|Robert Labudda 1dbc1dbee5|
filecabinet is a minimal document management system for your computer. It has metadata per document and supports fulltext search in various document types.
The easiest way to install is to use
pip install filecabinet
Alternatively you can get the source code at codeberg:
git clone https://codeberg.org/vonshednob/filecabinet pip install filecabinet
filecabinet requires the xapian python bindings
which can not be installed through
Other automatically installed required dependencies are:
Even though optional, I strongly recommend installing Tesseract OCR to enable fulltext search in scanned documents.
To initialize your file cabinet, run
filecabinet init and provide a new
path where you would like to store your documents:
filecabinet init ~/Documents/cabinet
Now you can start either copying files into
to process them, or add files manually via
filecabinet add ~/some_scanned_document.jpg
To get a basic overview of documents, you can use the Shell.
There’s a basic shell that allows you to inspect indexed documents, edit their metadata (by means of an external text editor), or view the documents.
To open the shell, run
help inside the shell to see what your options are.
If you want to use a specific text editor to modify metadata, consider
updating your configuration file’s
Shell section and add a
document_editor, like this:
[Shell] editor = subl -w
In this example we set up SublimeText as the external editor. Note that the
-w option is necessary to make filecabinet wait until you’re done editing
the file before returning into the shell.
Visual Studio Code uses the
--wait flag to accomplish the same
Searching for tags is done case-insensitive and is done using
For example if you're looking for a document that's tagged with banana, you
can search for it by
Searching new documents is accomplished by searching for
If you only want to find documents that are not new, you can also
-tag:new. Unless specified, a search will ignore whether or not a
document is new.
You can search for any metadata value, like title, author, or language,
by searching with the metadata name and a colon like
Everything else that does not match the special search terms will be used in the fulltext search.
If you want to search for terms with whitespaces, you can use quotes:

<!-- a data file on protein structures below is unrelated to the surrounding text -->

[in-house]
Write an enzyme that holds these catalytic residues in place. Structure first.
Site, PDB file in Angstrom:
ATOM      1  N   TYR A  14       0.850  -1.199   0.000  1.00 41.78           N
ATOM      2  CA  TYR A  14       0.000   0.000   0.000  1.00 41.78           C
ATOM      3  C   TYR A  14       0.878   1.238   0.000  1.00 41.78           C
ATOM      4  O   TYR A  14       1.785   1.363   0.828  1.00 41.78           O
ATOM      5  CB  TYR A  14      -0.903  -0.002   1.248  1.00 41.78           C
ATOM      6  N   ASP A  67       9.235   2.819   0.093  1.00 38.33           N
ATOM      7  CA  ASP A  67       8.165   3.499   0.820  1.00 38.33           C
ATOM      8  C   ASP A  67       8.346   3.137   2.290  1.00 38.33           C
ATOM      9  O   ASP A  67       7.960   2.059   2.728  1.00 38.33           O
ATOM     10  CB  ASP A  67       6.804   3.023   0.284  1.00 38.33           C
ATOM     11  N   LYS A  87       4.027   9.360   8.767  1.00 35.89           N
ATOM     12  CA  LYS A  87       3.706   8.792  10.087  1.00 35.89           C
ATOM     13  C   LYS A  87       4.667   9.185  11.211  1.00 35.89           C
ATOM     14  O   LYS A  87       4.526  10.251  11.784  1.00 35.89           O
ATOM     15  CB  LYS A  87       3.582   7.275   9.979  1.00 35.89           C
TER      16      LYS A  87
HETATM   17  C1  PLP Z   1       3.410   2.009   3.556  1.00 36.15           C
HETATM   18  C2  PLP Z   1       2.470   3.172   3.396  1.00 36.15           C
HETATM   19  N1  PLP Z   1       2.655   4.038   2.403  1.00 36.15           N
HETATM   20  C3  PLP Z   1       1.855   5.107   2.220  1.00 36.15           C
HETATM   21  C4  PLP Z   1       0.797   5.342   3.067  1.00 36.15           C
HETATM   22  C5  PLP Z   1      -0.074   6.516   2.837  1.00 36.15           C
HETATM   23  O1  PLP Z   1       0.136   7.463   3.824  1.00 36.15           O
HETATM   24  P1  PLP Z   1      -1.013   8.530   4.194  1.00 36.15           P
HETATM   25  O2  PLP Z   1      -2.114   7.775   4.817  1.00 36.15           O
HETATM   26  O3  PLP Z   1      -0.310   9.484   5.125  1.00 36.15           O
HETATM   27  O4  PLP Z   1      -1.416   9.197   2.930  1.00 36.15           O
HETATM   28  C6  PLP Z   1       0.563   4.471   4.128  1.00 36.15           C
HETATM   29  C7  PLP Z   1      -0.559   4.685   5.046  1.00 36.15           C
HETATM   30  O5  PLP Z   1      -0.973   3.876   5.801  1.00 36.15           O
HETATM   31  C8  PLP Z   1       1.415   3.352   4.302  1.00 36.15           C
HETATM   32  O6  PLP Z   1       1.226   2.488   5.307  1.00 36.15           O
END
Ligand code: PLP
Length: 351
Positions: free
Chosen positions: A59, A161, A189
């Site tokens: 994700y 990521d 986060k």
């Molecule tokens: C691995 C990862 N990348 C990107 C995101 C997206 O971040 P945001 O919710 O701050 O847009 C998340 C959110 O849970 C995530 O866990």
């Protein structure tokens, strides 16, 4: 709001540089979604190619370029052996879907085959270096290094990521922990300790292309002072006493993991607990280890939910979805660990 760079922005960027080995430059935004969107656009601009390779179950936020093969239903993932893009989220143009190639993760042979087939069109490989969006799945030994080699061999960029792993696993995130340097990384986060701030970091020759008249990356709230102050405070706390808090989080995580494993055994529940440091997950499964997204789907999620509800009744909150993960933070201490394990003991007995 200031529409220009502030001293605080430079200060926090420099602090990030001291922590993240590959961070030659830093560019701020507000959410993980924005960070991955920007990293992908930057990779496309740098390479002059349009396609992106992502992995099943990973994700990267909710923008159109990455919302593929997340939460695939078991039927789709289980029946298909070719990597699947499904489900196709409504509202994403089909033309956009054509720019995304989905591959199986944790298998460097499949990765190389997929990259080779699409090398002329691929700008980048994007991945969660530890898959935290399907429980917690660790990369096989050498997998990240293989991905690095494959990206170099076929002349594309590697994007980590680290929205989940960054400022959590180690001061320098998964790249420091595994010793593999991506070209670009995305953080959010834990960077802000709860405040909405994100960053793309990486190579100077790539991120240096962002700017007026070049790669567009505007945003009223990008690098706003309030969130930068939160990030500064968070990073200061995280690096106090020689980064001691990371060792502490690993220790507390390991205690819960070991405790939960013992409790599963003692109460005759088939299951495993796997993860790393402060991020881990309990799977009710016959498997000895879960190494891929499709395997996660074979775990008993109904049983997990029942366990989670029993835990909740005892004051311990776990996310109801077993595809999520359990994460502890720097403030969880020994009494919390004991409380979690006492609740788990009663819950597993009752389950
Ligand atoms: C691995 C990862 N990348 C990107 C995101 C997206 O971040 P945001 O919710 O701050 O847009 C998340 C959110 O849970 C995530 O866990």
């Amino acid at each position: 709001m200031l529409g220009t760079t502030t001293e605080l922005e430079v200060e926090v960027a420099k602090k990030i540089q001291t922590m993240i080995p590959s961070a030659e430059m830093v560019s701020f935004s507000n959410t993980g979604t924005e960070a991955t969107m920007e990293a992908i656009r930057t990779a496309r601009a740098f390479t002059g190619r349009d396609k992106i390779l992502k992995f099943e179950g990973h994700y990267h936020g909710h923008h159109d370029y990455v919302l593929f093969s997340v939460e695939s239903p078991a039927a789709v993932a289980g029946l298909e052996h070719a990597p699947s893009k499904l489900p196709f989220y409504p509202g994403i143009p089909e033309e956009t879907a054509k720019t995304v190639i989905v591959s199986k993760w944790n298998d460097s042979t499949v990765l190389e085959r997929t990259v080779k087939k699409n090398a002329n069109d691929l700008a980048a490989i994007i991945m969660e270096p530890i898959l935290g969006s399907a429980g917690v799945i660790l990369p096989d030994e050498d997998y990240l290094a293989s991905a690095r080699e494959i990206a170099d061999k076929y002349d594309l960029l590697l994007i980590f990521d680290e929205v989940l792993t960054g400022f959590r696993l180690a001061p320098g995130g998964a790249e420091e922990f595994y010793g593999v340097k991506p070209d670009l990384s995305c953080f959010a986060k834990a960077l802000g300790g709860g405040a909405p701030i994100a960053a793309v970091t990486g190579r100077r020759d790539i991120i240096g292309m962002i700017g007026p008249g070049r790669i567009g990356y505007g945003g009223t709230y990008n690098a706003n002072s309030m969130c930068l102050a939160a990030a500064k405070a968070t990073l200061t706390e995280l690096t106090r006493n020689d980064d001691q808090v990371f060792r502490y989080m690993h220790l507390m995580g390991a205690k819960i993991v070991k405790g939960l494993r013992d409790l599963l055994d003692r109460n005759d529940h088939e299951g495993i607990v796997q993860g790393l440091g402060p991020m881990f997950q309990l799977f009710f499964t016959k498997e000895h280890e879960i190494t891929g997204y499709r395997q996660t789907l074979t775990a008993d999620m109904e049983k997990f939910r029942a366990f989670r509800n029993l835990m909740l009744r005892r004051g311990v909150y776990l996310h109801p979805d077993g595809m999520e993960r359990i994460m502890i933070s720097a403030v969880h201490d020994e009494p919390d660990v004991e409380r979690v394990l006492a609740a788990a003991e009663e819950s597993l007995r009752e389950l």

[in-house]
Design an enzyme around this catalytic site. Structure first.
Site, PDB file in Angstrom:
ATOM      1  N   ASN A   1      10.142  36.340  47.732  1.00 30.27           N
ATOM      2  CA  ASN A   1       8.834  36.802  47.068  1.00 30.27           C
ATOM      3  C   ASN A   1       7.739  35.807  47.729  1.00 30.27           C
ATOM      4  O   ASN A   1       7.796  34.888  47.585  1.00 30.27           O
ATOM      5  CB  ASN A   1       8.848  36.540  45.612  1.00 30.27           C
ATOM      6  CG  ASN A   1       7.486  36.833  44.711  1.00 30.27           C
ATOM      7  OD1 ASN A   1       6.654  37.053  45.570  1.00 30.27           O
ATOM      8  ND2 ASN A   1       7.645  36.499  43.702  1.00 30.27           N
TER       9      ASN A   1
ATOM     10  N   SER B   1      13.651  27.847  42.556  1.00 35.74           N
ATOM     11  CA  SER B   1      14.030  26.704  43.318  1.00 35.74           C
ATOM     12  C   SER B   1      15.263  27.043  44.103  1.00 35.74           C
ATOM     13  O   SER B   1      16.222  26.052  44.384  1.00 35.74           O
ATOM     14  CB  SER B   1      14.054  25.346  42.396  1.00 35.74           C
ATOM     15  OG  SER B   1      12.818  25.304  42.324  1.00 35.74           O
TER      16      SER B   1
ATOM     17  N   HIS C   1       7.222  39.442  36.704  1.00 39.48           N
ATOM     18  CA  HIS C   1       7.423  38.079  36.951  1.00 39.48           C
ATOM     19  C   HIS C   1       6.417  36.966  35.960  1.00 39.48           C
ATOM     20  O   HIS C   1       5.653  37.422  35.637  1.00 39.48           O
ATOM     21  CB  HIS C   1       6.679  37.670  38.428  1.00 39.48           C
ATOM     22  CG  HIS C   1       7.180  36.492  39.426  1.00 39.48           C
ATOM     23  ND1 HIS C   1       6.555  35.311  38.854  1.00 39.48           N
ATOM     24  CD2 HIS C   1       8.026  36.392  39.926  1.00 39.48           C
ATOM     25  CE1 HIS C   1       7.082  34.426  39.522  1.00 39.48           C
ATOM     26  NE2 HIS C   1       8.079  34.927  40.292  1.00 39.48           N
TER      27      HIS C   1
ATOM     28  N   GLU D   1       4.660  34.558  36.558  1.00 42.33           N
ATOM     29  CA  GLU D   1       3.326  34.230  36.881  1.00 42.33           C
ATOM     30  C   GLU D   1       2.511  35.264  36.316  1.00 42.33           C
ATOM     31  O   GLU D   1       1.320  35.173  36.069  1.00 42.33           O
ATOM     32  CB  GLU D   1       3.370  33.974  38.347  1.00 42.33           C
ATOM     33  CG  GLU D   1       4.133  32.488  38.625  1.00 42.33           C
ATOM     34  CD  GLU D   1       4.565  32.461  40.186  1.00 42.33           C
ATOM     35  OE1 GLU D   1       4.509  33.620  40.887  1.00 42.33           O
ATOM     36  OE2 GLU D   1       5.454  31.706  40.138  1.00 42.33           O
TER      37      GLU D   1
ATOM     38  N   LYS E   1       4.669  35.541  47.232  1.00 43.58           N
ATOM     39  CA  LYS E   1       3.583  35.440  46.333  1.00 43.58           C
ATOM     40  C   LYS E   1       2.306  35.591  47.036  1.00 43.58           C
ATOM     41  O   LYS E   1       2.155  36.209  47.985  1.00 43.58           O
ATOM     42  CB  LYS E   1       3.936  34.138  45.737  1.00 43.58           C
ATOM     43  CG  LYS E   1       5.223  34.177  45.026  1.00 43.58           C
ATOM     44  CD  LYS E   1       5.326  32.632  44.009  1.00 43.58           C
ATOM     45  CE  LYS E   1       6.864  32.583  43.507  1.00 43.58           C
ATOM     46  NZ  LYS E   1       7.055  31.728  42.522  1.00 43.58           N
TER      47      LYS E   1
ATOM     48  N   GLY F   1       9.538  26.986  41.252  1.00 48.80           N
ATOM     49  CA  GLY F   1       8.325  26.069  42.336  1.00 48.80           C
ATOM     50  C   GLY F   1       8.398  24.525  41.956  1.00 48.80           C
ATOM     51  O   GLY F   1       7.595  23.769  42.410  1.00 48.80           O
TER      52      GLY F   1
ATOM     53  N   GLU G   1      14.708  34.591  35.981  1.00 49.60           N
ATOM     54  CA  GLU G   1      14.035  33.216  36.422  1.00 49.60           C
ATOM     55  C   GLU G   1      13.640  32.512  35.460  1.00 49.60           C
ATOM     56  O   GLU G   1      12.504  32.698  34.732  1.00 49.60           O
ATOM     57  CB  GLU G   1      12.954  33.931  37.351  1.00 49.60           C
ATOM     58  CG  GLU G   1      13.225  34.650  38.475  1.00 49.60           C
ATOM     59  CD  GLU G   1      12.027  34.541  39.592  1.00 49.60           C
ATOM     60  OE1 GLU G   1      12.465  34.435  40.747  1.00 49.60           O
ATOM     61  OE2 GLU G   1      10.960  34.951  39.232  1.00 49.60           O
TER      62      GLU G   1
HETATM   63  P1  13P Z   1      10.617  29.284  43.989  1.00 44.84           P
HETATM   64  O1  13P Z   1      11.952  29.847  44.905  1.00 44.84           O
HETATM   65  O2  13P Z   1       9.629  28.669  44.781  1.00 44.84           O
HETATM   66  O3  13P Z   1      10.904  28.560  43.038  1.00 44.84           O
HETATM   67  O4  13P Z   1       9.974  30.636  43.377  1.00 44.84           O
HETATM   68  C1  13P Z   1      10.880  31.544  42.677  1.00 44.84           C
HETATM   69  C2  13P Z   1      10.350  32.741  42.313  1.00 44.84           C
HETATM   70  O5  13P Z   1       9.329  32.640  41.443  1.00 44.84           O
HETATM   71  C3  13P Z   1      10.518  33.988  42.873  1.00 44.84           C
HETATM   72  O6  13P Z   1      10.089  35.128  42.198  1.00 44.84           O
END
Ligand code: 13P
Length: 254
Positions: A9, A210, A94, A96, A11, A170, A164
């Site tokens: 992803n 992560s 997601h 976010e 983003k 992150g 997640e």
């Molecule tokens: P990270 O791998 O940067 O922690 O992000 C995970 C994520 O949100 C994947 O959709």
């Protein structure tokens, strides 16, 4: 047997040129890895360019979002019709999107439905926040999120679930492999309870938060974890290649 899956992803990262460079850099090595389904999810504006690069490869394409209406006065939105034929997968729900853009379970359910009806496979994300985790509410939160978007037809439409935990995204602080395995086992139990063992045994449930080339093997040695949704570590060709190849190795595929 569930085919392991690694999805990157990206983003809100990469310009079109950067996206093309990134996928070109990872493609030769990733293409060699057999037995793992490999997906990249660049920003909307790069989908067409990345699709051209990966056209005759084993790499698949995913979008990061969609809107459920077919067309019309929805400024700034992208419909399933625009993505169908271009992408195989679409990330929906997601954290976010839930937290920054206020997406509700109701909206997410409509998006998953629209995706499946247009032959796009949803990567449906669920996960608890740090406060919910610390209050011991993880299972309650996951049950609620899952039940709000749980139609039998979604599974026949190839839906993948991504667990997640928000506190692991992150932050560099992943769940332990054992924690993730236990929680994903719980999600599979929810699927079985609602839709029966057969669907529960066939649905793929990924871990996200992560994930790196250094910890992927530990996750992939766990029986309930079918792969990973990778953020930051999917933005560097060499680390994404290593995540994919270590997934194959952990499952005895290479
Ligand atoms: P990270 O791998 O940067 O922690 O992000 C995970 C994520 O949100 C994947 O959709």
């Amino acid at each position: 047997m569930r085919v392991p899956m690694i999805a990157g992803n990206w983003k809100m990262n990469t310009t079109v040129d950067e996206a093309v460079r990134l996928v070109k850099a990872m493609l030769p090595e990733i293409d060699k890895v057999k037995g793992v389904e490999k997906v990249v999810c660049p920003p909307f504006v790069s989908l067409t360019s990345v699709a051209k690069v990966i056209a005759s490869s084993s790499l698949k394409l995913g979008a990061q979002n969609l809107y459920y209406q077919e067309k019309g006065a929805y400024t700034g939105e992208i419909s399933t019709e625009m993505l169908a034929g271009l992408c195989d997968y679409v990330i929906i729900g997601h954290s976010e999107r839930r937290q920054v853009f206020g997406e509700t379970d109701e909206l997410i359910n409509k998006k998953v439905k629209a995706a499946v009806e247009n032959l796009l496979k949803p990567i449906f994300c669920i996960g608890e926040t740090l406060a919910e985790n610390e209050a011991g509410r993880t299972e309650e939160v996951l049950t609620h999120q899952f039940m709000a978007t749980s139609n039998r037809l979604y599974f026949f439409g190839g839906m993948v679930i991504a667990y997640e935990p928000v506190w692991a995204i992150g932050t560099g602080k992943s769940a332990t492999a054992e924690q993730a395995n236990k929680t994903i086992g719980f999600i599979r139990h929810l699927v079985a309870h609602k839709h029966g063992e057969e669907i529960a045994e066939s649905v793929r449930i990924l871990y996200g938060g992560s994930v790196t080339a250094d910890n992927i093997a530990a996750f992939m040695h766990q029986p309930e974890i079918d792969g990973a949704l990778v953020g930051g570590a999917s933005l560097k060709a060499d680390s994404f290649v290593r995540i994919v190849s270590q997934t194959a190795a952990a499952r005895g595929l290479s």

The title contains "brain", is from author "Gumby" and it was set to some time
before August 2005:
title:brain author:gumby date:2015-08-01
Looking for a newly added document with the title "The Larch":
filecabinet can use Tesseract OCR to do character recognition on pictures and scanned PDFs, so you can search the text of images.
In order for that to work, you have to install Tesseract and some language packages, depending on the languages of the documents you wish to scan.
If you don't have Tesseract OCR installed, filecabinet will still work, but be much less useful.
Rule based tagging
By using metaindex, filecabinet inherits the powerful rule based tagging. This allows you to automatically add metadata tags to documents based on their text (which might have come from OCR).
Rules are defined in text files and you have to point filecabinet to the
rule files that you want it to use. To do that, add a section
your configuration file (usually at
~/.config/filecabinet/filecabinet.conf) and list your rule files like
[Rules] base = ~/.config/filecabinet/basic_rules.txt companies = ~/Document/company_rules.txt
The names (before the
=) are somewhat free-form descriptors.
To understand how to write these rule files, please have a look at the metaindex documentation.
To test your rules on documents, you can use the
command. It will run all indexers on a file and show you what tags have
been found by your rules.
test-rules the tested document will not be added to your
Cabinet Directory Structure
Assuming a cabinet is set up at
~/cabinet, the directory structure is:
~/cabinet │ ├── inbox │ ├── metaindex.conf │ ├── metaindex.log │ └── documents │ └── <partial document id> │ └── <full document id> │ ├── <document id>.yaml │ ├── <document id>.<suffix> │ └── <document id>.txt
inboxwill be processed (and emptied) when
filecabinet pickupis being run
documentscontains the documents
<document id>.yamlcontains the metadata
<document id>.<suffix>is the original document (usually a PDF)
<document id>.txtis the extracted full text, if it could be extracted
metaindex.conf, the configuration file for filecabinet's metaindexserver
metaindex.log, the log file of file cabinet's metaindexserver
Usage from Python
filecabinet from Python, you can use this boilerplate:
from filecabinet import Manager manager = Manager() manager.launch_server() session = manager.new_session()
session will be an instance of
Session which, together with
allows manipulation of metadata and querying of documents.